Written by Yelisa Ambriz
The Migrant Housing Center recently partnered with the Central California Environmental Justice Network (CCEJN) and other organizations for their second resource fair, aimed at providing crucial support and resources for migrant workers.
At the resource fair, migrant workers were offered housing support, aid on enrolling in medical services, know your rights information, the event even taking into account the migrant children’s well being, with a traveling library also in attendance distributing information on accessing online educational resources. Susana Canseco who organized the Halloween themed event says “she’s extremely appreciative for all the agencies and organizations that participated in this outstanding event that brought together migrant workers who, season after season, travel from Salinas and other counties to work on various crops in the fields of Madera.”
The Pomona Migrant Center is one of the few centers that continue to house farmworkers in California for the temporary work season spanning from June to October. However, to reside in the 50 unit gated complex farmworkers must meet income requirements, prove they are agricultural workers, and live 50 miles away to qualify for state subsidized housing.
Unfortunately, due to this “50 mile rule”, once the season concludes workers and their children are forced to migrate leaving the communities that they established, essentially disrupting their children’s educational schedule.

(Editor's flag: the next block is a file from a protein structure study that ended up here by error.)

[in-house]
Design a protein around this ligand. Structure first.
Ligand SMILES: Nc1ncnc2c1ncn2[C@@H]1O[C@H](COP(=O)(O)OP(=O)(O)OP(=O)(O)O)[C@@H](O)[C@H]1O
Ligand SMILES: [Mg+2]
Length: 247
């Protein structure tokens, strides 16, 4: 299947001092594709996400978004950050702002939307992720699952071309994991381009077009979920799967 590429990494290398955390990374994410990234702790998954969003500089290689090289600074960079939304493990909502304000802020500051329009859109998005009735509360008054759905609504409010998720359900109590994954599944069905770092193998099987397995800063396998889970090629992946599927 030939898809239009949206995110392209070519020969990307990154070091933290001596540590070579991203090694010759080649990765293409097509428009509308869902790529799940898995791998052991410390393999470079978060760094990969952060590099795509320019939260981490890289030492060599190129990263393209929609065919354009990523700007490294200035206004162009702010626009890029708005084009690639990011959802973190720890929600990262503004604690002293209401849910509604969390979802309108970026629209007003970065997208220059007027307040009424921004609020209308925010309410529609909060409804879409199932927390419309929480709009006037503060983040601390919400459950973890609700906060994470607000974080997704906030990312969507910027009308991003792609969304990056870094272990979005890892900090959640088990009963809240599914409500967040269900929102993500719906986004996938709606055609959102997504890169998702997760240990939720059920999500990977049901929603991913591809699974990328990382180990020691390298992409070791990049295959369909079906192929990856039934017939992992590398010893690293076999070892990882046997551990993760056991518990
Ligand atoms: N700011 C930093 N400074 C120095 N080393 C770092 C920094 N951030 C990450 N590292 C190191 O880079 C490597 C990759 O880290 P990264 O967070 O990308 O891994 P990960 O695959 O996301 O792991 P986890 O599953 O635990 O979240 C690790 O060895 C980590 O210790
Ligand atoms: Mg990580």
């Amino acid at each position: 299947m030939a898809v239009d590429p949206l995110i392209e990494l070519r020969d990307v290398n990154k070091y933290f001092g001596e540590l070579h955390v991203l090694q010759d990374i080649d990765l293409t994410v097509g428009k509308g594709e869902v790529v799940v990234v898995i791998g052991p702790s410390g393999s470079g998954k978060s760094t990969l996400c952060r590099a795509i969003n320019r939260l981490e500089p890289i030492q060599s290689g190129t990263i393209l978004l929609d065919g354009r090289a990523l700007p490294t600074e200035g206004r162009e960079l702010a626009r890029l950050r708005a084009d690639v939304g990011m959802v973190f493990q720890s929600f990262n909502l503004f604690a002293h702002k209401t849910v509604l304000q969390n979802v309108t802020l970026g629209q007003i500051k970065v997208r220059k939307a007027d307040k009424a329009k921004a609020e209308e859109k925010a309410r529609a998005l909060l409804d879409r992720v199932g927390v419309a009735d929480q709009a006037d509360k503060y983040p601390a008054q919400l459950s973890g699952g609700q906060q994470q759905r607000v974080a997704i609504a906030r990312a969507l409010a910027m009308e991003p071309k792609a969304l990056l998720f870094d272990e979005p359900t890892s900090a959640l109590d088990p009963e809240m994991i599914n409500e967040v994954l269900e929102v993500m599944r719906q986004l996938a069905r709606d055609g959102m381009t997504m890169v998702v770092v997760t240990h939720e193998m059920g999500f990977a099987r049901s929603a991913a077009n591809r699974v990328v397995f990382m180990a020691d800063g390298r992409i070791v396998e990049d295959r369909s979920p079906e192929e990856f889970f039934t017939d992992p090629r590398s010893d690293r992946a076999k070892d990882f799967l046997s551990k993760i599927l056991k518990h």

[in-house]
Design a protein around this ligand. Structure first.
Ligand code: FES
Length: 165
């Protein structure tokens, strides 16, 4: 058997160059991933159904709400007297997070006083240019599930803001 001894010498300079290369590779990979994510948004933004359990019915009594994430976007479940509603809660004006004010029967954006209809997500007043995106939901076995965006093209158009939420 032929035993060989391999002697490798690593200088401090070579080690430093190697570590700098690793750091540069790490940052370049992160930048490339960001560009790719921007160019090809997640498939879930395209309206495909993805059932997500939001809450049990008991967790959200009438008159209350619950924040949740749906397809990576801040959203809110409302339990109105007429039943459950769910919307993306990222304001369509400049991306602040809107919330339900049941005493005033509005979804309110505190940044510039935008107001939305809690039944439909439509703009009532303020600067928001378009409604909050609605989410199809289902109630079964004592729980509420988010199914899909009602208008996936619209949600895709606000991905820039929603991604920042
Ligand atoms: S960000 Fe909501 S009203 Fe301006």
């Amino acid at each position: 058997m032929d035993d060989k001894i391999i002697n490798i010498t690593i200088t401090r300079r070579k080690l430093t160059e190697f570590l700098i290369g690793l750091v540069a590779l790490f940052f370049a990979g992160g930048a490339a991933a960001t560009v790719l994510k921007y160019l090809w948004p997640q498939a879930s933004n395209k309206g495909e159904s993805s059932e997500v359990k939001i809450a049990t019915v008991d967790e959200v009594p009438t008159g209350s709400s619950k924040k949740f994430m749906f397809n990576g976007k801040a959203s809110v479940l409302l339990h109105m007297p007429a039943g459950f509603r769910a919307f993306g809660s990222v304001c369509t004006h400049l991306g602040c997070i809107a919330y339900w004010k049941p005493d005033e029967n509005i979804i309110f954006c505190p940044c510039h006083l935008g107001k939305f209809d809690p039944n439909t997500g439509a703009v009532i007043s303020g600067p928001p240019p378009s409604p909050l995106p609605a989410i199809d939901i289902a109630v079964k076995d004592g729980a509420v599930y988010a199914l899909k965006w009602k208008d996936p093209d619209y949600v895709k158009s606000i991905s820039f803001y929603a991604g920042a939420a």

In 2018, Anna Caballero corrected this detrimental policy by issuing a waiver allowing fifty percent of the housing to be made available to school aged children all year round. The other fifty percent would need to remain vacant unless re-approved by the legislature; the waiver is set to expire in 2024.
CCEJN has been at the forefront continuously advocating to empower and educate rural communities who are often left out of political discussions like these by pushing community members to engage in community organizing and dialogue that uplift their priorities. For farmworkers, that can consist of insufficient farmworker resources, lack of enforcement from labor agencies, or language accessibility.
As a well seasoned organization, CCEJN has heard and documented numerous accounts of farmworker concerns over the years. Through dedicated efforts, legislative advocacy, educational involvement, and mobilization of community members CCEJN aims to ensure accountability for farmworker communities.
In the upcoming months there will be multiple opportunities to raise awareness on farmworker issues, with particular attention to the February 2024 Assembly Legislative Labor Hearing on Agricultural workers in Sacramento.